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Thread: Tunnel SUMP PIT Classification

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    Tunnel SUMP PIT Classification

    Hello Folks -
    I am involved in a Tunnel project in NYC. The tunnel is for vehicles and trucks. The subject sump pump pit is in an underground concrete room that contains ventilation exhaust fans and combustible gas detection. Piping from roadway catch basins drain into the sump pit. It is thought that if a vehicle accident occurred that gasoline could also enter the pit.

    The AHJ shows the pit itself and the area 5’ from pit openings classified as C1D1 Grp D. Outside that area as C1D2.

    Comments?

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    Quote Originally Posted by Natfuelbilll View Post
    Hello Folks -
    I am involved in a Tunnel project in NYC. The tunnel is for vehicles and trucks. The subject sump pump pit is in an underground concrete room that contains ventilation exhaust fans and combustible gas detection. Piping from roadway catch basins drain into the sump pit. It is thought that if a vehicle accident occurred that gasoline could also enter the pit.

    The AHJ shows the pit itself and the area 5’ from pit openings classified as C1D1 Grp D. Outside that area as C1D2.

    Comments?
    is it up to the AHJ to make such decisions? If so, I don't see how you can object a whole lot to them.
    Bob

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    It how Would you classify it?

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    Quote Originally Posted by Natfuelbilll View Post
    It how Would you classify it?
    I think their fear that an accident could well end up with gasoline entering the pit is well founded. C1D1 in the pit is thus not an unreasonable thing to require if that actually happens. I would certainly want the pit to be C1D1 if I knew that gasoline was likely to enter the pit in any quantity.

    There will certainly be accidents. Whether any of them is likely to result in spilled gasoline making it to the pit is something else.
    Bob

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    My thoughts too considering risk.

    There however a strong comparison to Art 511.

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    Quote Originally Posted by petersonra View Post
    I think their fear that an accident could well end up with gasoline entering the pit is well founded. C1D1 in the pit is thus not an unreasonable thing to require if that actually happens. I would certainly want the pit to be C1D1 if I knew that gasoline was likely to enter the pit in any quantity.

    There will certainly be accidents. Whether any of them is likely to result in spilled gasoline making it to the pit is something else.
    I'm not sure I would use the term, "well founded". It is a possibility, but I don't know if it's likely, given modern car construction, Hollywood "physics" to the contrary notwithstanding. The usual definition for C1D1 is that the hazard is normally present. If it is only present due to a malfunction or accident, then it would be more properly C1D2.

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    Quote Originally Posted by gadfly56 View Post
    I'm not sure I would use the term, "well founded". It is a possibility, but I don't know if it's likely, given modern car construction, Hollywood "physics" to the contrary notwithstanding. The usual definition for C1D1 is that the hazard is normally present. If it is only present due to a malfunction or accident, then it would be more properly C1D2.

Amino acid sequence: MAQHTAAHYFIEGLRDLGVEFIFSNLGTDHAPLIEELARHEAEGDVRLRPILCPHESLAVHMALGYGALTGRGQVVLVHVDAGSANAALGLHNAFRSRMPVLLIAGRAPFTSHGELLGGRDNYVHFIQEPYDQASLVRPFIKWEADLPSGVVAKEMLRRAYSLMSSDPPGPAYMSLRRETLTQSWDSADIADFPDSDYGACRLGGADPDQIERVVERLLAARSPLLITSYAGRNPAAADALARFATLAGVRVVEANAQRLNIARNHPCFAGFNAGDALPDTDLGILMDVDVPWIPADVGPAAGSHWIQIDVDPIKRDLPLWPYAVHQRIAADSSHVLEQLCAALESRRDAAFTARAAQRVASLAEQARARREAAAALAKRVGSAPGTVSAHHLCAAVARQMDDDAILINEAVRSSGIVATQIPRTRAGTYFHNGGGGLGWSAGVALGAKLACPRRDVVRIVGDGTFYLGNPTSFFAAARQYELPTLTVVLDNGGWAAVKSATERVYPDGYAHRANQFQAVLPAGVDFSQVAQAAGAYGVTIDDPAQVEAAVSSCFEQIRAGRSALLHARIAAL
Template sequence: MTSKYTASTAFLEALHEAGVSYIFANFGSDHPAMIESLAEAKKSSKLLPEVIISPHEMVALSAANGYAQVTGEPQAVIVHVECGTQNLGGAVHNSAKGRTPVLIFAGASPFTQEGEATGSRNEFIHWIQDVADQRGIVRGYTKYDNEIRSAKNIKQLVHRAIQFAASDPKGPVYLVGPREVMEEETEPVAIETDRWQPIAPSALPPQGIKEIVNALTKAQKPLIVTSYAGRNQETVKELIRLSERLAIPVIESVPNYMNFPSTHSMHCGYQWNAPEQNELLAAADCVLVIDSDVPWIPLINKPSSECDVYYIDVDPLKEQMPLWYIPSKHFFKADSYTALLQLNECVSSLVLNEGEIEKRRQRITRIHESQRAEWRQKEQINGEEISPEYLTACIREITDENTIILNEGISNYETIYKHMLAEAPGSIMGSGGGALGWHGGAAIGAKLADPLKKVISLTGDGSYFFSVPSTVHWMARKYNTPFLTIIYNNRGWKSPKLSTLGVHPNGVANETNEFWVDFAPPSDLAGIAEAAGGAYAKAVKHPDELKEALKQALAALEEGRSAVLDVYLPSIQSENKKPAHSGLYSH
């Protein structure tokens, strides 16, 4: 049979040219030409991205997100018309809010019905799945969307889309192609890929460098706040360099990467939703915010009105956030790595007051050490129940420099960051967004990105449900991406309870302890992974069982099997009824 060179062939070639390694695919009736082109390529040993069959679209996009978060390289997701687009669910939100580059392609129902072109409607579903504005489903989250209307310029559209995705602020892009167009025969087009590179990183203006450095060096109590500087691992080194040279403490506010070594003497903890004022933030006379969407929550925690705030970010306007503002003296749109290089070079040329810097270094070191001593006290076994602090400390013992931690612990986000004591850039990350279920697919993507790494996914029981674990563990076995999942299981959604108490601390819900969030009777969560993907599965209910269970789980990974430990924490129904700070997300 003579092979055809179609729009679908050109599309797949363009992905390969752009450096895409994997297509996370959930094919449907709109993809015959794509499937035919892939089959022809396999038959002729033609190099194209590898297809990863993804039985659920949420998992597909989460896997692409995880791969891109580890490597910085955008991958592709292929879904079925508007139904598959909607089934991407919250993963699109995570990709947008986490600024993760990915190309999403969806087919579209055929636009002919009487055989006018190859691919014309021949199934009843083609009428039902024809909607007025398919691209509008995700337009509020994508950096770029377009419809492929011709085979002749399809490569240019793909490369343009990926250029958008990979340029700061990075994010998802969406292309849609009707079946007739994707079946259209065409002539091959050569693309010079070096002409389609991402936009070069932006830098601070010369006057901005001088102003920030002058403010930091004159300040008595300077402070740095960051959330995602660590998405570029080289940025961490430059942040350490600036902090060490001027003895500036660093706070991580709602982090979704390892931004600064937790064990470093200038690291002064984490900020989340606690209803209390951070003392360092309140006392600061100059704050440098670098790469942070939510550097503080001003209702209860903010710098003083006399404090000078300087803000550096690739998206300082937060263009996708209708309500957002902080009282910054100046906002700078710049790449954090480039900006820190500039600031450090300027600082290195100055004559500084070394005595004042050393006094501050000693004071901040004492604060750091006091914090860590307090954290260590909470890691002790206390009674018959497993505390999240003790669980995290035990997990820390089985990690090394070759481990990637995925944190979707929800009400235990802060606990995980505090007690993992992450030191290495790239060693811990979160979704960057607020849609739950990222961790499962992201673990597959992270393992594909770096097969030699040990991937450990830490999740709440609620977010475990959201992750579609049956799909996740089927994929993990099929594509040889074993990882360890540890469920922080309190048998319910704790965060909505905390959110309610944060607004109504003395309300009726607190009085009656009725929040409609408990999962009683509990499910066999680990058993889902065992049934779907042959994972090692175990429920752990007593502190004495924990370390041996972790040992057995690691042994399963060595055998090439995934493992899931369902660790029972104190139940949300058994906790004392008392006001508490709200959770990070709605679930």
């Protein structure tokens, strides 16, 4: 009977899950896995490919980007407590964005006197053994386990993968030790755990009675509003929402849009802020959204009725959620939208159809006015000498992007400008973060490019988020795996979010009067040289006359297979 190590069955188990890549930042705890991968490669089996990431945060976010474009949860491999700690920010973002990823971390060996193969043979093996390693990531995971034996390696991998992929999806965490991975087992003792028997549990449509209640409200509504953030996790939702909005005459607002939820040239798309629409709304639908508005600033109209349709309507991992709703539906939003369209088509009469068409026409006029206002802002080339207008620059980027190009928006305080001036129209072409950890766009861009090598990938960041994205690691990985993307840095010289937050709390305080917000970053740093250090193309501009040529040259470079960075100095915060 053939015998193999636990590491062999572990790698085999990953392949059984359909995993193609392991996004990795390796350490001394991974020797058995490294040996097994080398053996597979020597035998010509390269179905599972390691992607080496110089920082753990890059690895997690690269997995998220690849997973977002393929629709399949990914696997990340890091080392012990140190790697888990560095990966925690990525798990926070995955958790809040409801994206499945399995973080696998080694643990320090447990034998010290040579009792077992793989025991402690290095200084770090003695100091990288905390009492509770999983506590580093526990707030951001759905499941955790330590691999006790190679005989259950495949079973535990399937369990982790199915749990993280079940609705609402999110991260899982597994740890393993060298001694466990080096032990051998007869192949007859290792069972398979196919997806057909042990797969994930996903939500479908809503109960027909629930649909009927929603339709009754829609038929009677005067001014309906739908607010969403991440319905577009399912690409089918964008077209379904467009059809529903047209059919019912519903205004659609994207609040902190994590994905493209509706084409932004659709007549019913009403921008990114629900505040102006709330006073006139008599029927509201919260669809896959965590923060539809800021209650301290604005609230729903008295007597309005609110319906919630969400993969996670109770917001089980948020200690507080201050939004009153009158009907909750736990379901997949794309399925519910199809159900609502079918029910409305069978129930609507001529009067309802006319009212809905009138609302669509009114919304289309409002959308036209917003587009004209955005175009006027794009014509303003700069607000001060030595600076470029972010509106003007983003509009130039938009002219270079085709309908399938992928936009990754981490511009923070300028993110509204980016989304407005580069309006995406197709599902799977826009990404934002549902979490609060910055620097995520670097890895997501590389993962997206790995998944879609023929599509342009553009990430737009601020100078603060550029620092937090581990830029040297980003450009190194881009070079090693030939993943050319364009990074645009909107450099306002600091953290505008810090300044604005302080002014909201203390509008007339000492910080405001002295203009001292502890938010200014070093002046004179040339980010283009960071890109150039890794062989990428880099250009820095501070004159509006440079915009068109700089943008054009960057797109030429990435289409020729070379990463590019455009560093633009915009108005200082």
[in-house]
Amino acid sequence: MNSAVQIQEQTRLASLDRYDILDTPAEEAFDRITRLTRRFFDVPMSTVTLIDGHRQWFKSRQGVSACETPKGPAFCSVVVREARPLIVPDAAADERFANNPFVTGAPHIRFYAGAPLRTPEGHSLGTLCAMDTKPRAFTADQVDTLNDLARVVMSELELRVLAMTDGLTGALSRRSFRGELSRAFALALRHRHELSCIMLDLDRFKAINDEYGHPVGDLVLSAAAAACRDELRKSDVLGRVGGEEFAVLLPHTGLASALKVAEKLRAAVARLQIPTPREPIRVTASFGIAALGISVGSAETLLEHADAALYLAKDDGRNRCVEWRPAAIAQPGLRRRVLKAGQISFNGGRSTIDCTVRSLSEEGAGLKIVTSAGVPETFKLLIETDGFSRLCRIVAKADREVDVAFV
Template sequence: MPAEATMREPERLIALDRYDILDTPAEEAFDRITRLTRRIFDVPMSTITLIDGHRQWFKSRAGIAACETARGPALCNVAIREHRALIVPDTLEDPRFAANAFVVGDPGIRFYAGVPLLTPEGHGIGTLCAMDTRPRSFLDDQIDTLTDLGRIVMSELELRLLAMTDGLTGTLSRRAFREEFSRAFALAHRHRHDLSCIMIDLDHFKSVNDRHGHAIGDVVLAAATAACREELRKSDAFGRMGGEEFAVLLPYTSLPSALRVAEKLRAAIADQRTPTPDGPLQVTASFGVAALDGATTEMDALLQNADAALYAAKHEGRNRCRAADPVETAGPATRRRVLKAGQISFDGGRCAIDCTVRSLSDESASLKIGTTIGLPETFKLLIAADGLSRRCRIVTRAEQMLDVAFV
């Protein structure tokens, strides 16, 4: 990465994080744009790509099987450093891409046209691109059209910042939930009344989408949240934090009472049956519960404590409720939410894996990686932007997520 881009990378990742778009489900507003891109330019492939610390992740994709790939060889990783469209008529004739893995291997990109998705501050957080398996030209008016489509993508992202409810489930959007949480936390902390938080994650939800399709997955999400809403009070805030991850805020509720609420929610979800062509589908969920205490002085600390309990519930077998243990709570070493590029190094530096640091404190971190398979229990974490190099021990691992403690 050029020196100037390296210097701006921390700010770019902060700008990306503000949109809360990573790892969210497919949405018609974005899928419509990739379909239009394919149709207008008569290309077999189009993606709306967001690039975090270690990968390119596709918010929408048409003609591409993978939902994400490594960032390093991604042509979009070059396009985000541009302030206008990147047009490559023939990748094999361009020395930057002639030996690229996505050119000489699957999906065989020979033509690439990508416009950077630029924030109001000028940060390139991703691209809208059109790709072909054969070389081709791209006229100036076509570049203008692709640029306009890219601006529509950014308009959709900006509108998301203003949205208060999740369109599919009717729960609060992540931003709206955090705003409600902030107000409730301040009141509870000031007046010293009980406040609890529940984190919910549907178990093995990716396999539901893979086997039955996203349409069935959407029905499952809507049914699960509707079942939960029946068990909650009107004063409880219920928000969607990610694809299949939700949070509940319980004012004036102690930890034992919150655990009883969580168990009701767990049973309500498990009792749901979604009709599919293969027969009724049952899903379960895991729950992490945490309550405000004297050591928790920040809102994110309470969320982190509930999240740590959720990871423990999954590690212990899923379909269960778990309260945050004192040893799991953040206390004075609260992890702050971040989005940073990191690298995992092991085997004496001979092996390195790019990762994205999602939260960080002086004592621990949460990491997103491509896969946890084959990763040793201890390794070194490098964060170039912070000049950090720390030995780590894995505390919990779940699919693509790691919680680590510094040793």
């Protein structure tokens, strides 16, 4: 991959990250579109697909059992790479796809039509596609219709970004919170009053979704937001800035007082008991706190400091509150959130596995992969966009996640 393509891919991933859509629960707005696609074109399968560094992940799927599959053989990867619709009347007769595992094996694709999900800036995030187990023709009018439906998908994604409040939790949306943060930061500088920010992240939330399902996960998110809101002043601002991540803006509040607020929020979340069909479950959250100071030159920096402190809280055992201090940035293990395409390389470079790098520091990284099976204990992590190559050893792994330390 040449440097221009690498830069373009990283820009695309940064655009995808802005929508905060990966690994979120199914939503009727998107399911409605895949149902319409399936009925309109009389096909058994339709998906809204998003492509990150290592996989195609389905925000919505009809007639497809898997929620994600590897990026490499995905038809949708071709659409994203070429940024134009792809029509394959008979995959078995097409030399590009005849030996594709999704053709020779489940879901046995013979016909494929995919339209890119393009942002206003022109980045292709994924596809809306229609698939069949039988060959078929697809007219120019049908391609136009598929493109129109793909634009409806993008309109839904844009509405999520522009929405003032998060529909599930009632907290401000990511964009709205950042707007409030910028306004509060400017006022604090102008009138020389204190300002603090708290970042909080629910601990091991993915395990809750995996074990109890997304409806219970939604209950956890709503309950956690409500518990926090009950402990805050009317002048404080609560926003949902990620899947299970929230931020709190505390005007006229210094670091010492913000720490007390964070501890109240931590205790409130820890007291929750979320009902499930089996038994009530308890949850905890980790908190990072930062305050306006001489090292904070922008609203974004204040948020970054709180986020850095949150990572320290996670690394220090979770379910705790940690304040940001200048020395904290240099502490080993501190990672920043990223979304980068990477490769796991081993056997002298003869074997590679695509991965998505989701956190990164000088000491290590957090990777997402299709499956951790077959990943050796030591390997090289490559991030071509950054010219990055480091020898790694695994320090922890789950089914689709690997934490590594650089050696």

I think that there is some definition as to how often the condition has to exist in a given year to require it to be C1D1. I seem to recall it is something like ten hours a year. Is it likely that there will be gasoline in the pit more than ten hours a year is maybe the real question to be answered.
    Bob

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    Quote Originally Posted by petersonra View Post
    I think that there is some definition as to how often the condition has to exist in a given year to require it to be C1D1. I seem to recall it is something like ten hours a year. Is it likely that there will be gasoline in the pit more than ten hours a year is maybe the real question to be answered.
    Neither duration nor frequency are part of the Division 1 definition. [Section 500.5(B)(1)]

    Read carefully, root definitions for NEC Divisions are in terms of possibility not probability. IEC Zones allude to, but do not specify exact durations except for “are present continuously” with respect to Zone 0. Otherwise they are vaguely defined in terms of probabilities. NEC Zone definitions are a forced-fit combination of NEC Divisions and IEC Zones.

    The problem is normal is undefined with respect to Hazardous (Classified) Locations. An interesting reference to normal with respect to motors is found in Section 500.8(B)(5).
    "Bob"
    Robert B. Alexander, P.E.
    Answers based on 2017 NEC unless otherwise noted.

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    Some comments:
    1. Read the Scope of Article 511 carefully; it doesn’t apply to tunnels.
    2. Whether the pit is Division 1 or 2 wouldn’t likely alter the equipment or wiring methods significantly.
    3. I would ask the AHJ what their basis for classification was.
    "Bob"
    Robert B. Alexander, P.E.
    Answers based on 2017 NEC unless otherwise noted.

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